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Everything the Bible says about Modesty

Finally… let’s see what scripture says on this topic.

This is part four in a series on modesty. The first three posts can be found at the links:

Bikinis are not immodest

Modest or Immodest: A Handy Guide to Telling the Difference

Topless and Totally Modest

My family moved from Missouri to California when I was in fifth grade. I remember what I was wearing when I walked into church. Jeans, a collared shirt and sneakers. Beat up, dirty, white sneakers. A kid a little older than me walked right up to me, looked down at my shoes and said, “You are going to Hell for wearing those sneakers.”

He was joking, but I didn’t know that. I went to a school in Missouri that taught me you could lose your salvation for a variety of infractions, and so far as I knew “dirty sneakers” was on the list. That wasn’t modesty, really, but it gave me some idea of what it feels like to get your outfit critiqued along with a small serving of theological language.

I’ve heard plenty of young women tell me the story of wearing a new dress to church only to be pulled aside by a young man and told, “You’ve caused me to stumble” followed by questions about whether she had respect for herself and others. Moments like these can leave people confused, upset, frustrated. I’ve seen more than one young woman who decided that the best thing to do was bundle up and do their best to hide that they are female.

I don’t think anyone intends that to be the result of these conversations.

So. Let’s do this. Let’s take a look at what the Bible actually says about modesty.

The core verse, the one which must be addressed if we’re going to look at what the Bible says is 1 Timothy 2:9-10. This one gets a lot of attention, and we may as well quote the whole thing:

I also want the women to dress modestly, with decency and propriety, adorning themselves, not with elaborate hairstyles or gold or pearls or expensive clothes, 10 but with good deeds, appropriate for women who profess to worship God.” (NIV)

The Greek word translated modesty here is “αἰδώς” (aidós) which, yeah, basically means modesty. (There is conversation about this word among scholars, especially related to its root word and connections to shame and honor. In some older Greek writings it has a meaning closer to “respect” but everyone seems to agree that “modesty” is more or less a fine translation.)

We talk a lot about modesty in Christian culture. We spend a good amount of time discussing it, especially with our youth. Guess how many times this word appears in the New Testament?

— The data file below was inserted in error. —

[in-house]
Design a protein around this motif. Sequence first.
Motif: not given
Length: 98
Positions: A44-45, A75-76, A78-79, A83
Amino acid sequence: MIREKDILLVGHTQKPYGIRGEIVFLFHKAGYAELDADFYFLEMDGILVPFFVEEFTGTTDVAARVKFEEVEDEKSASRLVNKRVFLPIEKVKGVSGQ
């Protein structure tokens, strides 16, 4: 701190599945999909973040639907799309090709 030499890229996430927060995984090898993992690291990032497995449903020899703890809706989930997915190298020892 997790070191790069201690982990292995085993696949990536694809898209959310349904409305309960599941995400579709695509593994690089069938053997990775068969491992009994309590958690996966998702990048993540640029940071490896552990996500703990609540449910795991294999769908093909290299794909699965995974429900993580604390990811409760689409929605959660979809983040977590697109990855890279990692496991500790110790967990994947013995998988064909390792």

This is it.

Now, that doesn’t mean it isn’t important. Clearly it matters. It does mean that our insights into “Biblical modesty” will come from this precise passage.

Before we look at that, we need to think for a minute about the word “modesty” in English. It’s a word that has two main definitions. The first is that of being “moderate” in one’s opinion of one’s self. Not boastful or arrogant. The second is about being proper or respectful in one’s dress.

So that’s why when someone says, “Oh, winning the trophy was no big deal” we might reply, “Don’t be so modest.” In other words: don’t be so humble. It’s okay to take a little credit.

Or, we could use the word in the sense that we nearly always do when having this conversation in Christian culture, when we say, “Please wear a longer skirt tomorrow so that you can be modest.”

The thing is, in this particular scripture, the reason “modest” is a good translation is because of the first definition, not the second.

Oh, Audry… your floor length dress, pearl necklace and tasteful style might be… how do I say this? A little immodest for a Christian woman.

Note that the verse goes on to describe what modest, ordered, respectful, appropriate clothing looks like: no elaborate hairstyles, or gold, or pearls, or expensive clothes. Instead, be dressed “modestly.” In other words, don’t dress like a wealthy person. Don’t flaunt your cash. Don’t make a big deal out of being elegant and thus draw attention to yourself. Instead, let yourself be known by all the good things you are doing… don’t have a reputation as “the woman who always looks like a movie star” but rather “the woman who takes care of her neighbors.”

I Peter 3:3-4 says essentially the same thing (although without using the word modesty).

So our sermons on this passage ought to be about not wearing expensive clothes, or diamond rings, or spending a lot of time on our hair.

Ah, but what about that definition of modesty we used from way back in the first post on this topic? Modesty is a mode of dress and deportment intended to avoid encouraging sexual attraction in others.” That definition is within the semantic range of the English sense of the word. The problem is that it’s not the Biblical definition. The Bible simply does not use the word in that sense.

The Biblical definition would be something closer to: “Modesty is a mode of dress and deportment intended to avoid emphasizing one’s wealth or status.”

Huh. But wait, what does that mean about all our many conversations about “modesty” in a sexual sense?

It means that those conversations aren’t based in a scriptural understanding of modesty. That’s all. It doesn’t mean there isn’t good content, or wise ideas or truth in those conversations. They’re just not Biblical.

That went longer than I intended, and is really just the first step in what the Bible says about modesty. Tomorrow we’ll take a look at “causing our brothers to stumble” in the sense of “causing them to lust” and then maybe we’ll take a look at how scripture talks about nudity. Also still to come: sexism in the modesty conversation.

By Matt Mikalatos

Matt Mikalatos is a writer not a fighter.